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Reinfection by untreated partners of people treated for Chlamydia trachomatis and Neisseria gonorrhoeae: mathematical modelling study
  1. Nicola Low1,
  2. Janneke Cornelia Maria Heijne1,2,
  3. Sereina Annik Herzog1,3,
  4. Christian Lorenz Althaus1
  1. 1Institute of Social and Preventive Medicine (ISPM), University of Bern, Bern, Switzerland
  2. 2National Institute for Public Health and the Environment (RIVM), Bilthoven, The Netherlands
  3. 3Institute for Medical Informatics, Statistics and Documentation, Medical University of Graz, Graz, Austria
  1. Correspondence to Dr Christian Lorenz Althaus, Institute of Social and Preventive Medicine (ISPM), University of Bern, Bern CH-3012, Switzerland; christian.althaus{at}


Objectives Reinfection after treatment for Chlamydia trachomatis or Neisseria gonorrhoeae reduces the effect of control interventions. We explored the impact of delays in treatment of current partners on the expected probability of reinfection of index cases using a mathematical model.

Methods We used previously reported parameter distributions to calculate the probability that index cases would be reinfected by their untreated partners. We then assumed different delays between index case and partner treatment to calculate the probabilities of reinfection.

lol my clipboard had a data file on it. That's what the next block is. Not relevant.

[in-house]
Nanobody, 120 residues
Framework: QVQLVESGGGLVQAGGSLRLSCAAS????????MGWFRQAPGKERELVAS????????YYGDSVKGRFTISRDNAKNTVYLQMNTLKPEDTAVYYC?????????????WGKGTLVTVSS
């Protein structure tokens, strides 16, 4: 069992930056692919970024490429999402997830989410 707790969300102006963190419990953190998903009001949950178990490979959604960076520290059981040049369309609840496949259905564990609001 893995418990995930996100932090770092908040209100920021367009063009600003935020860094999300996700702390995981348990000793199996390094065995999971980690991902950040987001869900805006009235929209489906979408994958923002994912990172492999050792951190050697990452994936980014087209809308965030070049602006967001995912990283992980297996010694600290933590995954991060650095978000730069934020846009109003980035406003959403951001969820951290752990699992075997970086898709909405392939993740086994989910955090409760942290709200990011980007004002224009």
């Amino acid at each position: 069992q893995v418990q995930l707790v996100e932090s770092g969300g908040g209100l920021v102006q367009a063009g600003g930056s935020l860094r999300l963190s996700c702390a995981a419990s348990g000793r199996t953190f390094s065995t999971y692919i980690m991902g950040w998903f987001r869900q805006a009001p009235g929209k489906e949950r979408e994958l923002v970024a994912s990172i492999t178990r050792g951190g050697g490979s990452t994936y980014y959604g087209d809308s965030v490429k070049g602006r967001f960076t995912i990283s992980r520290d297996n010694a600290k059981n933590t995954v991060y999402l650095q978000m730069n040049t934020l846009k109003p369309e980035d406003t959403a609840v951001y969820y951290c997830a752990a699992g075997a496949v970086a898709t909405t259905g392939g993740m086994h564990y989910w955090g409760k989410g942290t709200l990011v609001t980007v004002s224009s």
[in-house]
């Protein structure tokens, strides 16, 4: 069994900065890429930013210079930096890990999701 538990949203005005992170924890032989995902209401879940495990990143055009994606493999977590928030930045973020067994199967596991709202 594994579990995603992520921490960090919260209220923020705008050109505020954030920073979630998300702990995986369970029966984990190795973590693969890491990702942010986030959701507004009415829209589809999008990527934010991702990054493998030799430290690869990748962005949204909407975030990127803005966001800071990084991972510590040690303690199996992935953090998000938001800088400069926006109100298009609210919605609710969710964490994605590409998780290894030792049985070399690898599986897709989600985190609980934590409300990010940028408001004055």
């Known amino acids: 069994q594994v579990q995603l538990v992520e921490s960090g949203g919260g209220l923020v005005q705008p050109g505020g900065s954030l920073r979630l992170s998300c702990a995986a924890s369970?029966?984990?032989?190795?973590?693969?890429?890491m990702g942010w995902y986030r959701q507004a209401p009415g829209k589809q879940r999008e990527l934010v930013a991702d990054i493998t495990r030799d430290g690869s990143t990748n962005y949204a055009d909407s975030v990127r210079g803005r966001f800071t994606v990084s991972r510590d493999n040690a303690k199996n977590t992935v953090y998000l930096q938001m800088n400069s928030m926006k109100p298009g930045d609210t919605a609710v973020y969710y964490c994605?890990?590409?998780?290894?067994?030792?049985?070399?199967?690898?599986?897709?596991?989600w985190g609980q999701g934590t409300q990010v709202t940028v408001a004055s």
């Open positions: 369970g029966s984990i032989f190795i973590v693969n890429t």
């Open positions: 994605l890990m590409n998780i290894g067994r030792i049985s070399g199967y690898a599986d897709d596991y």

Results In the absence of partner treatment, the medians of the expected reinfection probabilities are 19.4% (IQR 9.2–31.6%) for C trachomatis and 12.5% (IQR 5.6–22.2%) for N gonorrhoeae. If all current partners receive treatment 3 days after the index case, the expected reinfection probabilities are 4.2% (IQR 2.1–6.9%) for C trachomatis and 5.5% (IQR 2.6–9.5%) for N gonorrhoeae.

Conclusions Quicker partner referral and treatment can substantially reduce reinfection rates for C trachomatis and N gonorrhoeae by untreated partners. The formula we used to calculate reinfection rates can be used to inform the design of randomised controlled trials of novel partner notification technologies like accelerated partner therapy.


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